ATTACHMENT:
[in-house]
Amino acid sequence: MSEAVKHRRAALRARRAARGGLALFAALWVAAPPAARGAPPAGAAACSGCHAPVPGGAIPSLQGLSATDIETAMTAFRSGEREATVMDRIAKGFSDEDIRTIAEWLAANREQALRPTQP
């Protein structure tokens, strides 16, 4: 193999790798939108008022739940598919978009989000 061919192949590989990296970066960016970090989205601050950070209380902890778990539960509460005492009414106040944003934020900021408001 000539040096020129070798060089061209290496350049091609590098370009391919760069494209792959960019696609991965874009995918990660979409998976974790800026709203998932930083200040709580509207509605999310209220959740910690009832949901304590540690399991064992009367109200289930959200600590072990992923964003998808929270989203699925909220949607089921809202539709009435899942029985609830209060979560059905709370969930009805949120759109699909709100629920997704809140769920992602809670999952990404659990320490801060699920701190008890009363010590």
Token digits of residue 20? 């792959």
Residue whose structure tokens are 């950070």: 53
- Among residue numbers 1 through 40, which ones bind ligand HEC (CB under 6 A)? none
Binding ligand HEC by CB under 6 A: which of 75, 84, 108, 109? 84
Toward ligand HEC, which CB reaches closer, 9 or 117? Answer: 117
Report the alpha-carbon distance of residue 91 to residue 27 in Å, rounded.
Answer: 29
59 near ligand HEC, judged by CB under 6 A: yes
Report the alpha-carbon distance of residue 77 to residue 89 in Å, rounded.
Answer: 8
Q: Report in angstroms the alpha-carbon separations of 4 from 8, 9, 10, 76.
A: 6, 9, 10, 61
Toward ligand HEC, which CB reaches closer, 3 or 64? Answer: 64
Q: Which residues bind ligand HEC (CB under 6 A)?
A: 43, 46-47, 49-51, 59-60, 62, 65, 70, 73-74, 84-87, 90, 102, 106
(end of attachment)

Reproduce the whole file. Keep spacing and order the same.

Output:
[in-house]
Amino acid sequence: MSEAVKHRRAALRARRAARGGLALFAALWVAAPPAARGAPPAGAAACSGCHAPVPGGAIPSLQGLSATDIETAMTAFRSGEREATVMDRIAKGFSDEDIRTIAEWLAANREQALRPTQP
């Protein structure tokens, strides 16, 4: 193999790798939108008022739940598919978009989000 061919192949590989990296970066960016970090989205601050950070209380902890778990539960509460005492009414106040944003934020900021408001 000539040096020129070798060089061209290496350049091609590098370009391919760069494209792959960019696609991965874009995918990660979409998976974790800026709203998932930083200040709580509207509605999310209220959740910690009832949901304590540690399991064992009367109200289930959200600590072990992923964003998808929270989203699925909220949607089921809202539709009435899942029985609830209060979560059905709370969930009805949120759109699909709100629920997704809140769920992602809670999952990404659990320490801060699920701190008890009363010590």
Token digits of residue 20? 């792959």
Residue whose structure tokens are 């950070």: 53
- Among residue numbers 1 through 40, which ones bind ligand HEC (CB under 6 A)? none
Binding ligand HEC by CB under 6 A: which of 75, 84, 108, 109? 84
Toward ligand HEC, which CB reaches closer, 9 or 117? Answer: 117
Report the alpha-carbon distance of residue 91 to residue 27 in Å, rounded.
Answer: 29
59 near ligand HEC, judged by CB under 6 A: yes
Report the alpha-carbon distance of residue 77 to residue 89 in Å, rounded.
Answer: 8
Q: Report in angstroms the alpha-carbon separations of 4 from 8, 9, 10, 76.
A: 6, 9, 10, 61
Toward ligand HEC, which CB reaches closer, 3 or 64? Answer: 64
Q: Which residues bind ligand HEC (CB under 6 A)?
A: 43, 46-47, 49-51, 59-60, 62, 65, 70, 73-74, 84-87, 90, 102, 106